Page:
DALi: A database abstraction layer for multiuser web applications

Johan Brichau


Multiuser web applications often need to manage concurrent (and potentially conflicting) operations on shared data. The parallel processing of web requests and the disconnected client-side view on that shared data raise ample opportunities for users to make conflicting changes. When such conflicts arise, we may or we may not need to inform the user of the conflict. To this end, database transaction mechanisms are a performant and proven technology for detecting and managing conflicting changes. When each user's web session maintains its isolated view on the database and operations are wrapped in transactions, we are able to prevent, detect and handle all such conflicts. At the same time, however, such applications easily become dependent on a particular database's technical abilities. Even when only considering the object-oriented databases GOODS, Magma and Gemstone, the differences in how database views and transactions work are vast. For example, Magma supports nested transactions while GOODS does not. An even more important difference is that when using Magma and GOODS, we can maintain a separate database view per web session and rely on the transaction mechanism to handle all conflicts. In Gemstone's GLASS integration of Seaside, however, incoming requests always share the same database view. This means only parallel execution conflicts are trapped by the transaction mechanism. With DALi, a database abstraction layer, we build Seaside-based web applications that are database independent and rely on database transactions to manage inter-user application-level conflicts as well as parallel execution conflicts directly. DALi is currently implemented for Pharo Smalltalk (with GOODS, Magma or image-based backends) and GemStone GLASS.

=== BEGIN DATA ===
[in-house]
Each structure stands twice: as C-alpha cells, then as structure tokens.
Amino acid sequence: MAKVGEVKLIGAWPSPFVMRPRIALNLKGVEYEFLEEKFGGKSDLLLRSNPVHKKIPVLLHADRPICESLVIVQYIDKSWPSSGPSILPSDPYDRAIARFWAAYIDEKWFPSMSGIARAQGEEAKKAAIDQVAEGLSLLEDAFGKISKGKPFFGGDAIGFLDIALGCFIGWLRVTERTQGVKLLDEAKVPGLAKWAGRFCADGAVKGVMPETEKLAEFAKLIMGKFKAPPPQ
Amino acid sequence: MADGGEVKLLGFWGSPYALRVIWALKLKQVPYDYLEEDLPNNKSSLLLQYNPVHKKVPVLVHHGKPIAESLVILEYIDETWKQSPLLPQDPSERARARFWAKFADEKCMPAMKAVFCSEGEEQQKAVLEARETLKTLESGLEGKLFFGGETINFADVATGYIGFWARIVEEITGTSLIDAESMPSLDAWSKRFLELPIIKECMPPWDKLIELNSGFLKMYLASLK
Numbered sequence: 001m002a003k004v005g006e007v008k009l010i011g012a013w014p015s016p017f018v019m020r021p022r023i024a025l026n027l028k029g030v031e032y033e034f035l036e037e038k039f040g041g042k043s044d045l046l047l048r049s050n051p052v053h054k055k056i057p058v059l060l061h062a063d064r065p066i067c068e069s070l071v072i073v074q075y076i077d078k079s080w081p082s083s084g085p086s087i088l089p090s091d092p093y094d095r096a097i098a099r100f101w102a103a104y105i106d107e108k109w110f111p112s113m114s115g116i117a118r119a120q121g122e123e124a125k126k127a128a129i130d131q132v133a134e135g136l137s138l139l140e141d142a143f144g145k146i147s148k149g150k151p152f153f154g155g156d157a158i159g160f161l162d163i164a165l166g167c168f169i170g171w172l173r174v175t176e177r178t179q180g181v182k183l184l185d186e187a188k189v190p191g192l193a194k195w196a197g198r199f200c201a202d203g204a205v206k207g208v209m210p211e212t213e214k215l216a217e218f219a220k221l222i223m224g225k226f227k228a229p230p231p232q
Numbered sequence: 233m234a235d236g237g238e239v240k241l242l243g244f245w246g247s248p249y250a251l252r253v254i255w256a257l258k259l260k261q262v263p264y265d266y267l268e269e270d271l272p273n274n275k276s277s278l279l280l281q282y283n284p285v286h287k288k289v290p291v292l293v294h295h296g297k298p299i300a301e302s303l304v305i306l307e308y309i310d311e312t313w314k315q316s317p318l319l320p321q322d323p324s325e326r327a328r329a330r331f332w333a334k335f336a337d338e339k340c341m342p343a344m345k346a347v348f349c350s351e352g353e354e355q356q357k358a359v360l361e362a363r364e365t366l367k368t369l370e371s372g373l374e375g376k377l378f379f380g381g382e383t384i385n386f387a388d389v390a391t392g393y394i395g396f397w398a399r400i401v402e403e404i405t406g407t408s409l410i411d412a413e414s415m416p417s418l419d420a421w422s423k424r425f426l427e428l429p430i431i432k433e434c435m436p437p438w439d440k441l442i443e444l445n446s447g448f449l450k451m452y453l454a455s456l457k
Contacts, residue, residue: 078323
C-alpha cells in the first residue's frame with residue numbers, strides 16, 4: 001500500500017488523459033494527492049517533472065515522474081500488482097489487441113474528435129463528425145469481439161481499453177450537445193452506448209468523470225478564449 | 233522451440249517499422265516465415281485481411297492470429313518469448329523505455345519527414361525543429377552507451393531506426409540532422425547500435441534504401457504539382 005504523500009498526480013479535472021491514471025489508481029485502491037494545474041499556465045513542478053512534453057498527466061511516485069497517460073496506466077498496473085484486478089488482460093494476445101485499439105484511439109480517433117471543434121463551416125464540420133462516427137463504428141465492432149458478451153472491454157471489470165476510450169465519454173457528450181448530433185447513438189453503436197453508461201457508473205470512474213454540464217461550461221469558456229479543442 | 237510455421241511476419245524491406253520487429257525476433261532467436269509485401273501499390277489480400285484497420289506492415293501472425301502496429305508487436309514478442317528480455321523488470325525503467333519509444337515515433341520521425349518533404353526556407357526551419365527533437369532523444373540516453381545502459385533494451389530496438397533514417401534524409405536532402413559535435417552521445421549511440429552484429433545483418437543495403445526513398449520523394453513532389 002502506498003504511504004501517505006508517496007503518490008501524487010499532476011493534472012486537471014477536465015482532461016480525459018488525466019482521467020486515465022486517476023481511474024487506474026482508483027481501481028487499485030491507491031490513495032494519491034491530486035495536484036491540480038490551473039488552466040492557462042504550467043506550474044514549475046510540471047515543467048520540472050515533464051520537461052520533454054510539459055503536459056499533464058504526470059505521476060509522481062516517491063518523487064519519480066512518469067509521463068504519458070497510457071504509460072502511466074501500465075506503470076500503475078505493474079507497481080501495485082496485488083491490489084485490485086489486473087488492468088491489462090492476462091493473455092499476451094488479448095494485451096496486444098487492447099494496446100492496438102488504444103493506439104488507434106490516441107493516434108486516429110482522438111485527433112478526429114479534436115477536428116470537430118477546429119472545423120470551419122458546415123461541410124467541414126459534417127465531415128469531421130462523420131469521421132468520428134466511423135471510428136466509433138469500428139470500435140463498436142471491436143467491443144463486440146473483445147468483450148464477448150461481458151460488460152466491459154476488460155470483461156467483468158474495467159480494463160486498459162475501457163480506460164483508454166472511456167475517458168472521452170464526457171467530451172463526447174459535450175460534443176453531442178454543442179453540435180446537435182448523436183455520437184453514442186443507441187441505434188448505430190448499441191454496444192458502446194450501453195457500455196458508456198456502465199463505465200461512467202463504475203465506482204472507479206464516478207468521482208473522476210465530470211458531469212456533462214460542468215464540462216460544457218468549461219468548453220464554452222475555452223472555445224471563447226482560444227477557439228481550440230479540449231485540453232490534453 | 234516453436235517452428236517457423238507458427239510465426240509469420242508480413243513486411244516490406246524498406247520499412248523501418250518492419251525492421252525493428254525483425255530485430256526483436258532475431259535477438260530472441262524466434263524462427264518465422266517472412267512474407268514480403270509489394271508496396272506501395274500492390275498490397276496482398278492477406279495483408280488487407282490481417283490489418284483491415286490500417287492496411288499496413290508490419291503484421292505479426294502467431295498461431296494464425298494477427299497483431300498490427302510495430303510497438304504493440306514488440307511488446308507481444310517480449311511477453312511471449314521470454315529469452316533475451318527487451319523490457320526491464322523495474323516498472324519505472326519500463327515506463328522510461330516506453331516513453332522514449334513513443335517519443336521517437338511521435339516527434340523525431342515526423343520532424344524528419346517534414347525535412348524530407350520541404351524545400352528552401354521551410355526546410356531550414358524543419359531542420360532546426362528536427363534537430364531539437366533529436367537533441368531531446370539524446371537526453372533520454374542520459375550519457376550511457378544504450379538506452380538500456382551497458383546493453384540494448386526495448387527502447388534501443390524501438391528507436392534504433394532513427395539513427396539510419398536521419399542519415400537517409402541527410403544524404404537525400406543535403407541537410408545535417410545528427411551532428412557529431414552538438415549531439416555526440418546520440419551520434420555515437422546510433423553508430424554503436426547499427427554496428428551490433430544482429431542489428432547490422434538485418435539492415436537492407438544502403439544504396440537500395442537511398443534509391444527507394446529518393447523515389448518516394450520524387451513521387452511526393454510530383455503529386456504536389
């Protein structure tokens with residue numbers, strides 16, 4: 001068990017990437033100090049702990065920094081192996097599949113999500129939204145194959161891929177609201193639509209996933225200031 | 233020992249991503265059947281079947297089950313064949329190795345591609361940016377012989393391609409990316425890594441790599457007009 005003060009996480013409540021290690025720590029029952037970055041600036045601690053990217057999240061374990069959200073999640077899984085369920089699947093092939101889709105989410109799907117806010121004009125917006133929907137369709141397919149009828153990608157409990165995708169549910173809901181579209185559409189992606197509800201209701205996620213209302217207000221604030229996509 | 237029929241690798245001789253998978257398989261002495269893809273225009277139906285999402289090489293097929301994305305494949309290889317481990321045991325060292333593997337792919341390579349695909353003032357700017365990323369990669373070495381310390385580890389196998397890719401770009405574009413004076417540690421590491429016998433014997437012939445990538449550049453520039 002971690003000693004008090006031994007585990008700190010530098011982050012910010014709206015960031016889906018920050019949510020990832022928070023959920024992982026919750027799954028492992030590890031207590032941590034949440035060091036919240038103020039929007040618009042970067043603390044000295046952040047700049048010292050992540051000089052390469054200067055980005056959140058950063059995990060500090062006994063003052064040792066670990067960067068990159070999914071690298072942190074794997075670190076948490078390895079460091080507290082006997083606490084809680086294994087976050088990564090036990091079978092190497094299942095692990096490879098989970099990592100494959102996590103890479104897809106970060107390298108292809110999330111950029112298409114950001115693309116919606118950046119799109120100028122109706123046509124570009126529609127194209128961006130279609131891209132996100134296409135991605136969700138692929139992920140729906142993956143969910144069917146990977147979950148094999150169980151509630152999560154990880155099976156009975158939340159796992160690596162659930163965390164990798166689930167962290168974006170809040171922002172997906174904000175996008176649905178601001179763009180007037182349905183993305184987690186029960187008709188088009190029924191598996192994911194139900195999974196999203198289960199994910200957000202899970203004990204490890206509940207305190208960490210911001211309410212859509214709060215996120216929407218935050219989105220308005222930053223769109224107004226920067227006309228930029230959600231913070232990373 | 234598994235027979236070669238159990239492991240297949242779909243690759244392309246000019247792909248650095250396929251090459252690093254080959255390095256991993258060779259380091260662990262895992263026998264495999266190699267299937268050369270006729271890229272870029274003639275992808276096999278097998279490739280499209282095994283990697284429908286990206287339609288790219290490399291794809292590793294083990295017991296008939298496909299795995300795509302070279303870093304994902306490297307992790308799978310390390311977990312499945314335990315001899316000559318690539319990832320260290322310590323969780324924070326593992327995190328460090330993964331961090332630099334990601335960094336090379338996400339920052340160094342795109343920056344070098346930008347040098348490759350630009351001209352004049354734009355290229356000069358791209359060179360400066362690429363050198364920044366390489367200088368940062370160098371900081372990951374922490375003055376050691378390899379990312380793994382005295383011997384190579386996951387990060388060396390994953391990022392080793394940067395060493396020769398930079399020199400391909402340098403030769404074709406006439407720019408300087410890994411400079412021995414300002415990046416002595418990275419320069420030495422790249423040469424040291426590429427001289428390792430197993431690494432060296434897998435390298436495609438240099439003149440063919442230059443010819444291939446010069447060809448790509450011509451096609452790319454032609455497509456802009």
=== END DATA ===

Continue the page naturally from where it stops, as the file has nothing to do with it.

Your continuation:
Johan is founder of Inceptive.be, the Smalltalk startup who is the technological partner in the development of Yesplan, an innovative next-generation event-planning system built with Seaside. He currently devotes all his time as the software architect of 2Rivers, the joint venture created around Yesplan by Inceptive and the cultural centre 'Vooruit'. Johan has more than 12 years of experience in Smalltalk, which he started to use as a PhD researcher for the development of research tools that focus on advanced software engineering techniques. He obtained a PhD in computer science from the Vrije Universiteit Brussel in 2005 and is a (co-)author of open-source projects in Smalltalk such as Javaconnect, Soul and IntensiVE. Since 2009, he is a full-time software development professional.